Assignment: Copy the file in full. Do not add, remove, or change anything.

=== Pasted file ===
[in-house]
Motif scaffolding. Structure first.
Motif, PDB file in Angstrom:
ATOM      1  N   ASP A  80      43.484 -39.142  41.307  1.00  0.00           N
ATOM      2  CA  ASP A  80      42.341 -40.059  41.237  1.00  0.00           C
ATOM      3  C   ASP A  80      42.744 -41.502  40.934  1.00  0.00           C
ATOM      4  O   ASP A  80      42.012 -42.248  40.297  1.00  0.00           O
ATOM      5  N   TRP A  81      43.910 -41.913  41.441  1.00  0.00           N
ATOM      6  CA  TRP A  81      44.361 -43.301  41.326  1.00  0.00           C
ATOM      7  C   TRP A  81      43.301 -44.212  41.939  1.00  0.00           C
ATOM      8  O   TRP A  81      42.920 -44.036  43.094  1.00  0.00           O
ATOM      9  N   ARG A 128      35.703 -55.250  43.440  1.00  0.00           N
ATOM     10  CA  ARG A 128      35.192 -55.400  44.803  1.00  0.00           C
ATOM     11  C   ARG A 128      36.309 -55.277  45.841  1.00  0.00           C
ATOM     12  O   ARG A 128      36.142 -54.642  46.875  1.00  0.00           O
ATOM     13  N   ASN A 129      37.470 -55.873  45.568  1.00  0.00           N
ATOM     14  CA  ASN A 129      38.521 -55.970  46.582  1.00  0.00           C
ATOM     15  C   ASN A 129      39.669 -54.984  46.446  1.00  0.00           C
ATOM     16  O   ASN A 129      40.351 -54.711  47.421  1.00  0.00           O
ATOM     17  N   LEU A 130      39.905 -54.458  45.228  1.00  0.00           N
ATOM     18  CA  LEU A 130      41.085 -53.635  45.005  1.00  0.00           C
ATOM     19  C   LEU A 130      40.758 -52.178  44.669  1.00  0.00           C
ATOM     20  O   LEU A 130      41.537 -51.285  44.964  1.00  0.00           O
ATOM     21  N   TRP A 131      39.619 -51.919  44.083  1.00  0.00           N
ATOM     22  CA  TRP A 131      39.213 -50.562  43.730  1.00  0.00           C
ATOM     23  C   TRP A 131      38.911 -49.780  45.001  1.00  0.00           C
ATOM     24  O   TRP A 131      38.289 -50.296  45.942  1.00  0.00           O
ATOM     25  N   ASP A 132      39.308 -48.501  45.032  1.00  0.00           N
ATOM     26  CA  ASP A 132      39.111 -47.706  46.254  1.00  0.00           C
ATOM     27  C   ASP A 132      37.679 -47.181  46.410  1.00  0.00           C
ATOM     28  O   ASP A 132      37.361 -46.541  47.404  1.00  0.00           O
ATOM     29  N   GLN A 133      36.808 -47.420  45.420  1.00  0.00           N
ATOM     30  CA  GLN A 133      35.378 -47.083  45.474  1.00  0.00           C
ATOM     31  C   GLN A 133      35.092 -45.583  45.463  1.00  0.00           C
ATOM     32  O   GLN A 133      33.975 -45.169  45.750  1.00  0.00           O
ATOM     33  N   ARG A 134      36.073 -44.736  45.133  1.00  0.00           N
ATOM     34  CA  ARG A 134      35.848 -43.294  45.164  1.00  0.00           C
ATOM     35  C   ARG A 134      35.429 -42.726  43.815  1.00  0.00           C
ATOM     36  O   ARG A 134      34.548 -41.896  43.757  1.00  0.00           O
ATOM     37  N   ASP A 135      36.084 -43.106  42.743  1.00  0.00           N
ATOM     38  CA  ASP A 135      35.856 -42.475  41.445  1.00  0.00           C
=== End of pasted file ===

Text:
[in-house]
Motif scaffolding. Structure first.
Motif, PDB file in Angstrom:
ATOM      1  N   ASP A  80      43.484 -39.142  41.307  1.00  0.00           N
ATOM      2  CA  ASP A  80      42.341 -40.059  41.237  1.00  0.00           C
ATOM      3  C   ASP A  80      42.744 -41.502  40.934  1.00  0.00           C
ATOM      4  O   ASP A  80      42.012 -42.248  40.297  1.00  0.00           O
ATOM      5  N   TRP A  81      43.910 -41.913  41.441  1.00  0.00           N
ATOM      6  CA  TRP A  81      44.361 -43.301  41.326  1.00  0.00           C
ATOM      7  C   TRP A  81      43.301 -44.212  41.939  1.00  0.00           C
ATOM      8  O   TRP A  81      42.920 -44.036  43.094  1.00  0.00           O
ATOM      9  N   ARG A 128      35.703 -55.250  43.440  1.00  0.00           N
ATOM     10  CA  ARG A 128      35.192 -55.400  44.803  1.00  0.00           C
ATOM     11  C   ARG A 128      36.309 -55.277  45.841  1.00  0.00           C
ATOM     12  O   ARG A 128      36.142 -54.642  46.875  1.00  0.00           O
ATOM     13  N   ASN A 129      37.470 -55.873  45.568  1.00  0.00           N
ATOM     14  CA  ASN A 129      38.521 -55.970  46.582  1.00  0.00           C
ATOM     15  C   ASN A 129      39.669 -54.984  46.446  1.00  0.00           C
ATOM     16  O   ASN A 129      40.351 -54.711  47.421  1.00  0.00           O
ATOM     17  N   LEU A 130      39.905 -54.458  45.228  1.00  0.00           N
ATOM     18  CA  LEU A 130      41.085 -53.635  45.005  1.00  0.00           C
ATOM     19  C   LEU A 130      40.758 -52.178  44.669  1.00  0.00           C
ATOM     20  O   LEU A 130      41.537 -51.285  44.964  1.00  0.00           O
ATOM     21  N   TRP A 131      39.619 -51.919  44.083  1.00  0.00           N
ATOM     22  CA  TRP A 131      39.213 -50.562  43.730  1.00  0.00           C
ATOM     23  C   TRP A 131      38.911 -49.780  45.001  1.00  0.00           C
ATOM     24  O   TRP A 131      38.289 -50.296  45.942  1.00  0.00           O
ATOM     25  N   ASP A 132      39.308 -48.501  45.032  1.00  0.00           N
ATOM     26  CA  ASP A 132      39.111 -47.706  46.254  1.00  0.00           C
ATOM     27  C   ASP A 132      37.679 -47.181  46.410  1.00  0.00           C
ATOM     28  O   ASP A 132      37.361 -46.541  47.404  1.00  0.00           O
ATOM     29  N   GLN A 133      36.808 -47.420  45.420  1.00  0.00           N
ATOM     30  CA  GLN A 133      35.378 -47.083  45.474  1.00  0.00           C
ATOM     31  C   GLN A 133      35.092 -45.583  45.463  1.00  0.00           C
ATOM     32  O   GLN A 133      33.975 -45.169  45.750  1.00  0.00           O
ATOM     33  N   ARG A 134      36.073 -44.736  45.133  1.00  0.00           N
ATOM     34  CA  ARG A 134      35.848 -43.294  45.164  1.00  0.00           C
ATOM     35  C   ARG A 134      35.429 -42.726  43.815  1.00  0.00           C
ATOM     36  O   ARG A 134      34.548 -41.896  43.757  1.00  0.00           O
ATOM     37  N   ASP A 135      36.084 -43.106  42.743  1.00  0.00           N
ATOM     38  CA  ASP A 135      35.856 -42.475  41.445  1.00  0.00           C